When we talk about science with children, are we really communicating in a way that children understand?
By understand, I mean:
Do they understand the language?
Are they understanding the concept?
Are they fully engaged?
In this article I will discuss some of the many different ways that adults talk about science with children and give some ideas for how we could do it better.
What happens to your lunch?
The obvious question when talking about science is, should you use challenging scientific words? The issue is that students can easily struggle with or misunderstand information if they don’t understand the terms used.
I realised how easily children can misinterpret information when I asked my Year 4/5 class to draw on a body map what they thought happened to their lunch. One boy (age 10), who was always keen to please, drew tubes going down the arms and legs. He then drew lots of tiny circles inside the tubes.
“Tell me about these,” I asked him.
“They are bits of my sandwich,” he replied.
He went on to explain that all of the body needs the food, so after we have chewed it, small lumps of sandwich travel round the body in the blood to give his body energy. He was quite sure about this because a previous teacher had told him that ‘the blood carries nutrients all around the body.”
He had some understanding of the purpose and process of digestion and he hadn’t been told anything that was incorrect. He simply interpreted ‘nutrients’ to mean his sandwich.
This particular little boy spoke English as an additional language (EAL) which made me wonder how many words that we use confidently as adults, do we forget to define or explain for children.
The language of science
The language of science can be very different to familiar everyday English. Most adults know that ‘nutrients’ are the basic food types that we eat. They could tell you that carbohydrates, proteins, fats, fruit and vegetables, vitamins and minerals are nutrients. These are all listed on the backs of food packets.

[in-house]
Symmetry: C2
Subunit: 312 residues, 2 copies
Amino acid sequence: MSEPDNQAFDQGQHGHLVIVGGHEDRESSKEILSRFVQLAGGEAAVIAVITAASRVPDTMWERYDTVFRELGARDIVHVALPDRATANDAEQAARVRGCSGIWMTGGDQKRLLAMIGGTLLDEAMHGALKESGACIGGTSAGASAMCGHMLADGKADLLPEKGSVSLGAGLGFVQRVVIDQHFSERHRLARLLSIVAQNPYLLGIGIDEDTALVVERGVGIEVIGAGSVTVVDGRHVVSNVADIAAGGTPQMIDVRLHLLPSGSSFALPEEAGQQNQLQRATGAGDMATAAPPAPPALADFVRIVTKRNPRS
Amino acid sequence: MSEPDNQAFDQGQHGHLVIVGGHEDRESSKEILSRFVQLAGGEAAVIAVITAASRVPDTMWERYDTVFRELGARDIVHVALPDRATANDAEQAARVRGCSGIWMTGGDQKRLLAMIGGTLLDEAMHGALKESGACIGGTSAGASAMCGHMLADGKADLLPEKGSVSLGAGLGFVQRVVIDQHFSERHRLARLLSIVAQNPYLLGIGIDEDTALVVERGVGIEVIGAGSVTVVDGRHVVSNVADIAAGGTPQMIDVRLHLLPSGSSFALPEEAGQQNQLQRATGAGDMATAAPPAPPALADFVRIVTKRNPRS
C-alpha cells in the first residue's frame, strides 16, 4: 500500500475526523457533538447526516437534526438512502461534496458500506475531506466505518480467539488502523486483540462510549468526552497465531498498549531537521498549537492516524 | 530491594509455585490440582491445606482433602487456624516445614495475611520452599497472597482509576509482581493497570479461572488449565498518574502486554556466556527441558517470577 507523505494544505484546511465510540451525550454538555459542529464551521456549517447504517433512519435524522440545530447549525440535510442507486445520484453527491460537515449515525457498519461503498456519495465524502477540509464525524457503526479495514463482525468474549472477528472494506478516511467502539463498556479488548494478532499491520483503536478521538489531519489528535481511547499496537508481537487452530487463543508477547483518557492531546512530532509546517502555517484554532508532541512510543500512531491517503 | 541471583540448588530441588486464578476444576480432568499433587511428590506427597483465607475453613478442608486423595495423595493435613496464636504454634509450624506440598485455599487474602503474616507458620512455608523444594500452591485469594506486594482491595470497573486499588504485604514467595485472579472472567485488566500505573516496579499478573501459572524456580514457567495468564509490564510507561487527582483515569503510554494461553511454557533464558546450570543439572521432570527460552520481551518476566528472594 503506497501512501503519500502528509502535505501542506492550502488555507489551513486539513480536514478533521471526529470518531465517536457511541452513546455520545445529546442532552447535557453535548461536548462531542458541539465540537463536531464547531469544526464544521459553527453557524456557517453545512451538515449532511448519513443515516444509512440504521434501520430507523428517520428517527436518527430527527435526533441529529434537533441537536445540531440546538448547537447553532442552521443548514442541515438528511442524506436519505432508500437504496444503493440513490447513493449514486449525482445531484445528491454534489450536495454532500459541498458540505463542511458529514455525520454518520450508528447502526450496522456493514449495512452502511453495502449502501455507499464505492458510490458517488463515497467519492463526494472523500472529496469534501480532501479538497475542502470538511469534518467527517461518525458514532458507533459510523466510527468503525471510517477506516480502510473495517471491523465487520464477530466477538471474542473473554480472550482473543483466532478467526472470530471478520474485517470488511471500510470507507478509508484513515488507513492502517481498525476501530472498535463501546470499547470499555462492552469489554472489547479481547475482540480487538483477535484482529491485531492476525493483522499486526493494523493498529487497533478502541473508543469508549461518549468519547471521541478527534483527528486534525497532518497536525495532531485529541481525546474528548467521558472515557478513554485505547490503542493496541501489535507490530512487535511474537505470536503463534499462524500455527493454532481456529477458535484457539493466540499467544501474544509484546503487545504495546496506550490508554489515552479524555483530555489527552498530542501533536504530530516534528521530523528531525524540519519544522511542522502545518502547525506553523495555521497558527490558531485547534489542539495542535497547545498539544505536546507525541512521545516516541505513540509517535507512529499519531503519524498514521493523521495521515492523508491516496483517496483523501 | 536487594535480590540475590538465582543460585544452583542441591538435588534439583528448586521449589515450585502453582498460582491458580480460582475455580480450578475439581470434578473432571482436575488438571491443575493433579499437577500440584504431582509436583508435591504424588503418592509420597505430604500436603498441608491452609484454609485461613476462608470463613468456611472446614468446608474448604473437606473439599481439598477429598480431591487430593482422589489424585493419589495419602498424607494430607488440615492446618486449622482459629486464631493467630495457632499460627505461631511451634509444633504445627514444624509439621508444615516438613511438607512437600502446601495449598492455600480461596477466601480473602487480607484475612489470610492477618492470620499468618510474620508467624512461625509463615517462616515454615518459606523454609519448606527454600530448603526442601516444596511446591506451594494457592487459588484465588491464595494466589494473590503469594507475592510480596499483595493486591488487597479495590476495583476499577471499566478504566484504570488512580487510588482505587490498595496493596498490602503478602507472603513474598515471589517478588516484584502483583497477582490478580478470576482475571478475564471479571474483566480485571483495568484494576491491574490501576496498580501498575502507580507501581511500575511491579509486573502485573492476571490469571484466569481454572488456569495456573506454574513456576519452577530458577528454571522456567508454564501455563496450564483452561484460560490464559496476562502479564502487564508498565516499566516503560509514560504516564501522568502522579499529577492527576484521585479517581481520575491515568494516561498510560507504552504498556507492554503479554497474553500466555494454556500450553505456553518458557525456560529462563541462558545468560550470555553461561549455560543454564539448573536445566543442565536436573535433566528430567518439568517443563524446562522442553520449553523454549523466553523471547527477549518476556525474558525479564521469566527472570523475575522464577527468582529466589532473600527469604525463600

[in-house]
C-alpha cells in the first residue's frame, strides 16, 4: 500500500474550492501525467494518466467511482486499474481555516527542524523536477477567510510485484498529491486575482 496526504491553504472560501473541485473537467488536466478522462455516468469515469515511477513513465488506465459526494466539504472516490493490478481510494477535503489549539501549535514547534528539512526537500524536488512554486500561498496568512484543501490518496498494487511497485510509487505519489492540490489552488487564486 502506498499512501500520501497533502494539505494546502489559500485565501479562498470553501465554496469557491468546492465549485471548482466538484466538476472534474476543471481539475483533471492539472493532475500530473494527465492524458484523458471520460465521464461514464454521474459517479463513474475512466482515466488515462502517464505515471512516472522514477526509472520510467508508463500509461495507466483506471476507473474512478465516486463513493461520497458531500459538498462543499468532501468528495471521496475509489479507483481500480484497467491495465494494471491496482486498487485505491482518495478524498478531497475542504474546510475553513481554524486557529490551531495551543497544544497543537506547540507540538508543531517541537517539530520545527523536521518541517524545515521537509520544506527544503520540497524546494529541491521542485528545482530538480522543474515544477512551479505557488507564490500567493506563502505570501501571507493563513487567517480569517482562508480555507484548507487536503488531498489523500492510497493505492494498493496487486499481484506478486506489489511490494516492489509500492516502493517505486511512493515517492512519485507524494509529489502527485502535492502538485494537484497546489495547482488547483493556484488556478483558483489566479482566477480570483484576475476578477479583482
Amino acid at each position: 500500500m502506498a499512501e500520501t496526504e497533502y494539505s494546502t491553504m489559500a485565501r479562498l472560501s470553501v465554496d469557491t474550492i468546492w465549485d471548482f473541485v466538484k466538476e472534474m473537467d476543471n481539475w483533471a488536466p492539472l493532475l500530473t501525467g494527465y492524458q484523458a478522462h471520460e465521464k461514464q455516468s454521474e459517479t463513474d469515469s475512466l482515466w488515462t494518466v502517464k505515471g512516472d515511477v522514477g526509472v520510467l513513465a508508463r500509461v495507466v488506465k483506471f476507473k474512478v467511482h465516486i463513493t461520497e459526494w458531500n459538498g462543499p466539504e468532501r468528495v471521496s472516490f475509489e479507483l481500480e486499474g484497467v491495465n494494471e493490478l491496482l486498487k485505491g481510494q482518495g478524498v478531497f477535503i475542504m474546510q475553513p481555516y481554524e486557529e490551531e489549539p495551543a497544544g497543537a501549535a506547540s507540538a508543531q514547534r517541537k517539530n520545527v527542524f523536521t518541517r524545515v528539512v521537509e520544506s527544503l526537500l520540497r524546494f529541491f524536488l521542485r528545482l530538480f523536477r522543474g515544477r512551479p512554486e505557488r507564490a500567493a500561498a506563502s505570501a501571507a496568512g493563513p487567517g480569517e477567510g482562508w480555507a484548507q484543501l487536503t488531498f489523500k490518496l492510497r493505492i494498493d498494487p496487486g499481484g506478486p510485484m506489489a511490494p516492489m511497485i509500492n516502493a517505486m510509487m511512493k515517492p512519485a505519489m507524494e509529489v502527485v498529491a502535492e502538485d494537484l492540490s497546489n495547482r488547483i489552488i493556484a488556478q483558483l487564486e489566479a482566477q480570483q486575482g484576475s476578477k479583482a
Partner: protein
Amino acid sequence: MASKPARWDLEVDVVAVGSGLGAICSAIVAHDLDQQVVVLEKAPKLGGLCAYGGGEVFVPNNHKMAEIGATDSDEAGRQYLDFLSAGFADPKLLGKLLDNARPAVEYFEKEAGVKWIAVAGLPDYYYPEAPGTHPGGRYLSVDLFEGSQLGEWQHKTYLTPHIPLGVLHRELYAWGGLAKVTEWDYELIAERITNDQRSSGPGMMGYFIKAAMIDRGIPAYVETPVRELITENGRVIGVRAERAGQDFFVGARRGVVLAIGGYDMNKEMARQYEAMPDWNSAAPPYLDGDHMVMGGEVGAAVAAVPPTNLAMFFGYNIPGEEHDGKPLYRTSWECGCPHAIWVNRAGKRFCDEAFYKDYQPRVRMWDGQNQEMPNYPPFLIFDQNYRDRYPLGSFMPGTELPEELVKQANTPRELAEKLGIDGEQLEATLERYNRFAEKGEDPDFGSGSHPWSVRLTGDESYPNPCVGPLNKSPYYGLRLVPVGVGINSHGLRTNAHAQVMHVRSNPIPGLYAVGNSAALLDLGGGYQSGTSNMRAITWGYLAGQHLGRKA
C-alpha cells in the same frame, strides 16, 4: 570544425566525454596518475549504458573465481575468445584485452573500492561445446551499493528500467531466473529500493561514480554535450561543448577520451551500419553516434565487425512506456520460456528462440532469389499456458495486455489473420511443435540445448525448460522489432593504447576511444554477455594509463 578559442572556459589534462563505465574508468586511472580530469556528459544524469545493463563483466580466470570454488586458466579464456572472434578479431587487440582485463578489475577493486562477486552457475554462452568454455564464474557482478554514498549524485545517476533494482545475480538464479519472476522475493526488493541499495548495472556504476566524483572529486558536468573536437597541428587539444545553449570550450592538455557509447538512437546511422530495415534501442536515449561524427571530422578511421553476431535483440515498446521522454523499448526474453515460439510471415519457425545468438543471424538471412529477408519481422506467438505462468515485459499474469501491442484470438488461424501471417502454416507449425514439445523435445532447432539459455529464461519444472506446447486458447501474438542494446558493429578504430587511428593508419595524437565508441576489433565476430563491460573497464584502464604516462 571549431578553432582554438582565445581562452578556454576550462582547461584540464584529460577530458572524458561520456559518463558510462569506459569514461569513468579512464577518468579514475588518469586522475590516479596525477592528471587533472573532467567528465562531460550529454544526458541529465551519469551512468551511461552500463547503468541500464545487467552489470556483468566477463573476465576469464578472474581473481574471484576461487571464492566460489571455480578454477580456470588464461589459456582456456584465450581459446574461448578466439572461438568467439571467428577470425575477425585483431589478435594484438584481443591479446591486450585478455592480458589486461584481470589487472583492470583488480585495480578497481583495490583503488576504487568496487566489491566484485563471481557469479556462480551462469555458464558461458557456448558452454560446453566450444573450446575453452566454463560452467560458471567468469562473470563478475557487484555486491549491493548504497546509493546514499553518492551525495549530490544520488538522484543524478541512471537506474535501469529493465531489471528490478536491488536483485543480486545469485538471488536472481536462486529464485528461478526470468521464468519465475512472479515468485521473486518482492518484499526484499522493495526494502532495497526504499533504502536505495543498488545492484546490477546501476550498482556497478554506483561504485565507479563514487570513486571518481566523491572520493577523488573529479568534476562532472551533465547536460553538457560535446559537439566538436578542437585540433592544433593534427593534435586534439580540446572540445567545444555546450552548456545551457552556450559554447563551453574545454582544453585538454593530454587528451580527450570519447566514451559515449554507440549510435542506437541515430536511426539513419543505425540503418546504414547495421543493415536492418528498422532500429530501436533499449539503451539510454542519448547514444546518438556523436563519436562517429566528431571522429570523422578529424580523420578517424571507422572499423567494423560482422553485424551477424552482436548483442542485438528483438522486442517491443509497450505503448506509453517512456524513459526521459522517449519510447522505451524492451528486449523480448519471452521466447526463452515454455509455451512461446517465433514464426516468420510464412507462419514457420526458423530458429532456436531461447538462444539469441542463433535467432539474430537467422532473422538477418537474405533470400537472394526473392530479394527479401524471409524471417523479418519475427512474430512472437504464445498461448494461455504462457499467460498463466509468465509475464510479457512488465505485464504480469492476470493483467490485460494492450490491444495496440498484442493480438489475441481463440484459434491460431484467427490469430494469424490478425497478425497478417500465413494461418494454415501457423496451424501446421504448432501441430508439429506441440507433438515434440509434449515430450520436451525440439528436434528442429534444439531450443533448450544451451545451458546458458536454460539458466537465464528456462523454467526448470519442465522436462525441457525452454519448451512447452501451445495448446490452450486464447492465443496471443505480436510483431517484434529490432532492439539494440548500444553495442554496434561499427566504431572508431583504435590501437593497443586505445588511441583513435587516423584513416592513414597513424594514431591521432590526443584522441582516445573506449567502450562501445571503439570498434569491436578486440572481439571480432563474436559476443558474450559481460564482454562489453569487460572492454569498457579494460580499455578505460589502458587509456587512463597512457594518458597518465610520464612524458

We cannot assume that children know this; the basic units of a packed lunch from a child’s perspective could be pieces of sandwich, a crisp, a piece of banana, a cereal bar.
We must explain science vocabulary carefully to avoid children developing and retaining misconceptions.
Children need to understand and practice using new vocabulary, just like they do when learning a foreign language. An obvious way to do this is through conversation. As a teacher of parent, you can ask children to talk about their work. In a classroom this could be individually or in small groups.
Posters and presentations
Posters, pictures and annotated diagrams can give children the chance to use new language orally and visually.
This strategy can be particularly helpful for children who struggle with writing. Discussions will enable these children to demonstrate that they do have science knowledge and skills. In contrast, a written piece of work might mean that these children cannot show these science-based skills. It is crucial that teachers realise when poor literacy skills are affecting a child’s attainment in science.
A child (age 9) made a poster to explain that gravity was a force responsible for pulling objects towards Earth. They were able to use appropriate science vocabulary to explain what was happening in the picture.
Many children enjoy making a presentation in front of their peers, older children often enjoy showing PowerPoint presentations they have created on computers. Bear in mind however that not all will. For some children an oral presentation is a daunting experience and we need to be aware of this too.
The drama of public speaking